This article reviewed the rise in
drug resistance in the treatment of viral, bacterial, fungal and protozoan
infections. In order to better understand drug resistance in these different
classes, researchers have been analyzing the current drugs to develop and
design new drugs to combat the resistance. Researchers have also been spending
the time to going back to the original models to get a better understanding of
how each model’s cellular mechanism works. This article offers a foundation to
understand the complexity of drug resistance and all of it’s components,
specifically mutation rates and fitness effects.

            HIV was
chosen as the model virus because it has a high spontaneous mutation rate,
genetic variation that may be controlled. Pathogenic bacteria were chosen as
the model bacteria because of how horizontal gene transfer and spontaneous
mutations causes resistance. Pathogenic fungi was chosen as the model for fungi
because the fungi only have a limited horizontal gene transfer amount which
causes the fungi resistance to become dominantly dependent on mutation rates.

Plasmodium falciparum was chosen as the model virus for protozoan because
resistance to drugs is due to point mutations. Human cancer was also chosen to
review because it does not spread from person to person and the chromosomal
instability causes rise to drug resistance.

            An
important factor in understanding drug resistance is the fitness costs. The
article stated that the fitness cost of HIV is dependent on the subtype. The
fitness cost of bacteria can sometimes be cost free. The fitness cost in fungi
is very large enabling it to invade the host. Cancer tends to have a more
complicated fitness cost because of its chromosomal instability.

These fitness costs can be
compensated for by mutations. In HIV and bacteria multiple mutations reduce the
fitness cost, in fungi it is difficult to reduce the fitness cost. In cancer
cells, the fitness cost is not compensated for because of the diversity in the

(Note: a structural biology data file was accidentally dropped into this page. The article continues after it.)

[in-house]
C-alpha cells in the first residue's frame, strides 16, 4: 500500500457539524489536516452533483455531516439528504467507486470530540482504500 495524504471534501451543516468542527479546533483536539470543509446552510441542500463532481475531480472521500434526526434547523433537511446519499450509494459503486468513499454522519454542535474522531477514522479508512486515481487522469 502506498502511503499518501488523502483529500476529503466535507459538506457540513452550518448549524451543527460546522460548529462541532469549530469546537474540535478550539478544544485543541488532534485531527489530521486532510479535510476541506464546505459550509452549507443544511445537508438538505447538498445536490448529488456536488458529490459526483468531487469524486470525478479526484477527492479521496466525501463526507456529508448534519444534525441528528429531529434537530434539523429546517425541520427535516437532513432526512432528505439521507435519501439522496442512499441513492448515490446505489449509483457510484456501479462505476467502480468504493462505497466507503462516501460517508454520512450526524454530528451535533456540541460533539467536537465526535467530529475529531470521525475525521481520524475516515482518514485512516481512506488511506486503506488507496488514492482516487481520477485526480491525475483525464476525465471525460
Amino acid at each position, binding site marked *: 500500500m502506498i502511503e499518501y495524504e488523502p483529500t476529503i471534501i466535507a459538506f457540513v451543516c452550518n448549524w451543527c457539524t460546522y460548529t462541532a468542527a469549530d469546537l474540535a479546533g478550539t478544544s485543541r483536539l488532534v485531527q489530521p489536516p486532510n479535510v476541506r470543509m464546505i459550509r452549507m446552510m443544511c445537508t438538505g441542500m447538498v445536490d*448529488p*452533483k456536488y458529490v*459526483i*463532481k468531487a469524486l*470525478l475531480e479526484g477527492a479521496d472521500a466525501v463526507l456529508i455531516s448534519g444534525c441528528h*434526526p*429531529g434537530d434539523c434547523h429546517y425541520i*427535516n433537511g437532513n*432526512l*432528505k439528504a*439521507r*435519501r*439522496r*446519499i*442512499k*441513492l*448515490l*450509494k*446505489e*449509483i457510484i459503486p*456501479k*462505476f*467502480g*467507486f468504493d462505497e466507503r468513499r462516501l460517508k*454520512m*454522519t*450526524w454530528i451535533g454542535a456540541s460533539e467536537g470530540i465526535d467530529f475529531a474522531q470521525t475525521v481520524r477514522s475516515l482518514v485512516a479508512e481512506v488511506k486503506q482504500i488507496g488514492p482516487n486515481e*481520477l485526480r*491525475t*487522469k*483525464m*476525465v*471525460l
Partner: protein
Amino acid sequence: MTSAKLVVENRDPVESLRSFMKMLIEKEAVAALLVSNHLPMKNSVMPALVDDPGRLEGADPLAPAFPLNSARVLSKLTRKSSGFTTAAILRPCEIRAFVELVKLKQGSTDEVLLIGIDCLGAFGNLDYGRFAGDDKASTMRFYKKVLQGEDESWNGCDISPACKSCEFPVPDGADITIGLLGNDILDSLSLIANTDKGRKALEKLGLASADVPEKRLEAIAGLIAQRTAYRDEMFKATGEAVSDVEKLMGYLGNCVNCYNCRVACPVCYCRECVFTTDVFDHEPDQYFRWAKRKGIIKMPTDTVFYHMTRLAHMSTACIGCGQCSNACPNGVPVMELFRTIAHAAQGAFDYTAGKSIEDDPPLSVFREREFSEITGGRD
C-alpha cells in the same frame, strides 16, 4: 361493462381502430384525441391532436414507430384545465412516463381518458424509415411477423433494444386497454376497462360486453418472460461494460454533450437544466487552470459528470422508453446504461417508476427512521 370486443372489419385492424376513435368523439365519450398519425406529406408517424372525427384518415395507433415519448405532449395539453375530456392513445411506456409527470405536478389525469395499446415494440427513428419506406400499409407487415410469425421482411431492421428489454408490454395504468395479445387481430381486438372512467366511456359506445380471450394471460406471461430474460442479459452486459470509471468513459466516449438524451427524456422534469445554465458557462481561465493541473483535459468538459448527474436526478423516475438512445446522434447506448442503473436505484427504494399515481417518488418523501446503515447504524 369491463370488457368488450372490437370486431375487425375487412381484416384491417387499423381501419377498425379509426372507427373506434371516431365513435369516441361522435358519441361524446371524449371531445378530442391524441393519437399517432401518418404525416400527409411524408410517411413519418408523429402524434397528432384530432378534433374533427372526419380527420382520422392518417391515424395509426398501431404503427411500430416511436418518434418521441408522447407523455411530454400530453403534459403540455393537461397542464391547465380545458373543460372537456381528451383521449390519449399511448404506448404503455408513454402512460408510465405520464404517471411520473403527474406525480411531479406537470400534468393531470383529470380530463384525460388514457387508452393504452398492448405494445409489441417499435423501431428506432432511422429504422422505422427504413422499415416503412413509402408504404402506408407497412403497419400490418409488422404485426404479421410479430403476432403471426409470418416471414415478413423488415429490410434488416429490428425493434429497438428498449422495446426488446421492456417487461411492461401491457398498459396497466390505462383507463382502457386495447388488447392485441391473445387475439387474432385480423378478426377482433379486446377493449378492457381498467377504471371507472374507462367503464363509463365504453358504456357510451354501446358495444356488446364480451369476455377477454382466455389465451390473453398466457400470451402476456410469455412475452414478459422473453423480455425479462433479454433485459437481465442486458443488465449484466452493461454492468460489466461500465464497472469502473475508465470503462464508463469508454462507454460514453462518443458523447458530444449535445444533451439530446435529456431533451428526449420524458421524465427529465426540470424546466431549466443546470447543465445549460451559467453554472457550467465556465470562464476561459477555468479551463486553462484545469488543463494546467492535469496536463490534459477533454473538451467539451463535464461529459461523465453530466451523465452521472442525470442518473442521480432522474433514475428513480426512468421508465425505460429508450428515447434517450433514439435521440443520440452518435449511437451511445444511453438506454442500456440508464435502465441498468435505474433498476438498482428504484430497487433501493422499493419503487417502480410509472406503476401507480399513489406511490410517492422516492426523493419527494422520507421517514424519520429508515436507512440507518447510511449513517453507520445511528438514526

mutations of the cancer.

Bacteria, fungi, protozoa and
cancer cells have also evolved mutation supply rates in which they are able to
keep a large population and high rate of horizontal gene transfer. These
factors have contributed to creating protection of the Bacteria, fungi,
protozoa and cancer cells. Specifically, cancer cells thrive off the blood
supply causing an increase in the cells, which enlarges the tumor creating
protection for the cancer. The article also examines the use of multiple drugs.

They found that resistance to one drug could either increase resistance or
increase susceptibility.

In conclusion, this article
determined that resistance occurred in bacteria, fungi, protozoa and cancer
cells, with differences and similarities between each. The results were very
useful because they demonstrated the differenced between the classes and the
various drugs. By comparing these different classes, it established a good
foundation to better understand how drug resistance occurs and gives a better
understanding of the current research being done to overcome these obstacles.

I overall agree with this article
in that understanding drug resistance is much more complex than it might appear
and that many factors go into the process. I did find that some sections were
more detailed in certain classes than others. Cancer and fungi were topics that
seemed to be lacking in detail and examples, this may be because there still is
not enough research done on that class yet. The article did go into a lot of
detail on HIV and bacteria, with many examples and detailed procedures.

 

x

Hi!
I'm Erica!

Would you like to get a custom essay? How about receiving a customized one?

Check it out